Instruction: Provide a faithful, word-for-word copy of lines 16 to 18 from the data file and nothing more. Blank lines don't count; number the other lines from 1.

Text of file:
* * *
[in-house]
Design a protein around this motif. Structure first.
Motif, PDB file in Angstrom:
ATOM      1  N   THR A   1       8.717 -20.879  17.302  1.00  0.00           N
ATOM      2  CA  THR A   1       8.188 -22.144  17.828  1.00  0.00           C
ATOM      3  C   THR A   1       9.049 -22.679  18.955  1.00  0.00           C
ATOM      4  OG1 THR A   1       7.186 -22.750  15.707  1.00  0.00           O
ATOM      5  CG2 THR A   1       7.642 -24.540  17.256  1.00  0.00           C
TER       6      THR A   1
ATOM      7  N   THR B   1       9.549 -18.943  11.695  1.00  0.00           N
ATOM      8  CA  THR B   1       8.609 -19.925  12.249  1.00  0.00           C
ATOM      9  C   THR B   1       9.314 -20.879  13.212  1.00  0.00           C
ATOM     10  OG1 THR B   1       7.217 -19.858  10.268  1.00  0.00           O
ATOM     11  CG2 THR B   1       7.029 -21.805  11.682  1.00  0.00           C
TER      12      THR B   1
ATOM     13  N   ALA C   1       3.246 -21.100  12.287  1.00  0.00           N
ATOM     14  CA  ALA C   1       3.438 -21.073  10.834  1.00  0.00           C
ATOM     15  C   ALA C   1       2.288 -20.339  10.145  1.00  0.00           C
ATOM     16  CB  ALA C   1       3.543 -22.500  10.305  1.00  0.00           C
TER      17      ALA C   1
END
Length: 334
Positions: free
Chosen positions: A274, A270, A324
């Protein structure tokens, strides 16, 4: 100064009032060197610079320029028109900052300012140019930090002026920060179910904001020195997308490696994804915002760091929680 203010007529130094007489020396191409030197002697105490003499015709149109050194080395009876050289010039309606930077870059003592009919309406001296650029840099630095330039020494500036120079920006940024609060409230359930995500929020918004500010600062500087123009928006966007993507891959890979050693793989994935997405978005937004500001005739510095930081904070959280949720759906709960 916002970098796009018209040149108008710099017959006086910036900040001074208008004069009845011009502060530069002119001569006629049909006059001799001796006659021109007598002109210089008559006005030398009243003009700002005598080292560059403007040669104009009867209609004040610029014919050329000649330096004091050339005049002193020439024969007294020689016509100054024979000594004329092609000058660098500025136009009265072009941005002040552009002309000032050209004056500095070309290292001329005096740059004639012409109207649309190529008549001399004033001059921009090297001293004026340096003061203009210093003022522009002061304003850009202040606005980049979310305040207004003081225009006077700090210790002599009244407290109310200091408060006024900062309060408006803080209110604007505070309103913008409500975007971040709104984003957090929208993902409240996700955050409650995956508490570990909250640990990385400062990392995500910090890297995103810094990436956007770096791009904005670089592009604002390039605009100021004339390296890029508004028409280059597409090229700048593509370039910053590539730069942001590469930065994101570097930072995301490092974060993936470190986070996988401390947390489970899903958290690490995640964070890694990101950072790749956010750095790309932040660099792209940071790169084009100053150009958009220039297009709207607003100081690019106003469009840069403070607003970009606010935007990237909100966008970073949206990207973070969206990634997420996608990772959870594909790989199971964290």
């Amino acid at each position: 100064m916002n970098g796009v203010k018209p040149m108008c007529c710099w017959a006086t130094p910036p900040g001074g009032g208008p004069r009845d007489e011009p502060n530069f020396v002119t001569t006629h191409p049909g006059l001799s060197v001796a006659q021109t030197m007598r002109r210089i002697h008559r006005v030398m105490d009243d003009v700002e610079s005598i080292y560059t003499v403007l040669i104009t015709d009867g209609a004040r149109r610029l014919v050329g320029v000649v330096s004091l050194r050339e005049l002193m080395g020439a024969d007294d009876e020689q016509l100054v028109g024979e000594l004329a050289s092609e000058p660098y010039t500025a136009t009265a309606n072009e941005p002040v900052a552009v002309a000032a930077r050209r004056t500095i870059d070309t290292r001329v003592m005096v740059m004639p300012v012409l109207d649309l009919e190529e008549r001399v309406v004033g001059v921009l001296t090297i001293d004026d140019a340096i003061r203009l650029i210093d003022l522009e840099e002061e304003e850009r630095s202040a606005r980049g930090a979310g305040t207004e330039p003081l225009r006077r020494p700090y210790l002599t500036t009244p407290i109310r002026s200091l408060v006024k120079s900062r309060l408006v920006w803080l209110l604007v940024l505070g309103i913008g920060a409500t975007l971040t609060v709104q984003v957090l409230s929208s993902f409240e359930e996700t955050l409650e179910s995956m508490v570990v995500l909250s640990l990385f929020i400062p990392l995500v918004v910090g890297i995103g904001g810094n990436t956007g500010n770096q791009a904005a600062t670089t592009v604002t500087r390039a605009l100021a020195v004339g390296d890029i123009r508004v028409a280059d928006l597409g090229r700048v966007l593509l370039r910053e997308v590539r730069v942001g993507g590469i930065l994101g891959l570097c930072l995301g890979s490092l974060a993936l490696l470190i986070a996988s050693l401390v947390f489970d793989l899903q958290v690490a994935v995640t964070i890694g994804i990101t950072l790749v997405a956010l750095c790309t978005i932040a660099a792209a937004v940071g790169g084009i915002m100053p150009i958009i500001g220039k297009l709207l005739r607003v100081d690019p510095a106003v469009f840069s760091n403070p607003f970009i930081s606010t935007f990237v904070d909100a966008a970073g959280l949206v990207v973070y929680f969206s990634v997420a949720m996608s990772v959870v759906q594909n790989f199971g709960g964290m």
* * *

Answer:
ATOM     13  N   ALA C   1       3.246 -21.100  12.287  1.00  0.00           N
ATOM     14  CA  ALA C   1       3.438 -21.073  10.834  1.00  0.00           C
ATOM     15  C   ALA C   1       2.288 -20.339  10.145  1.00  0.00           C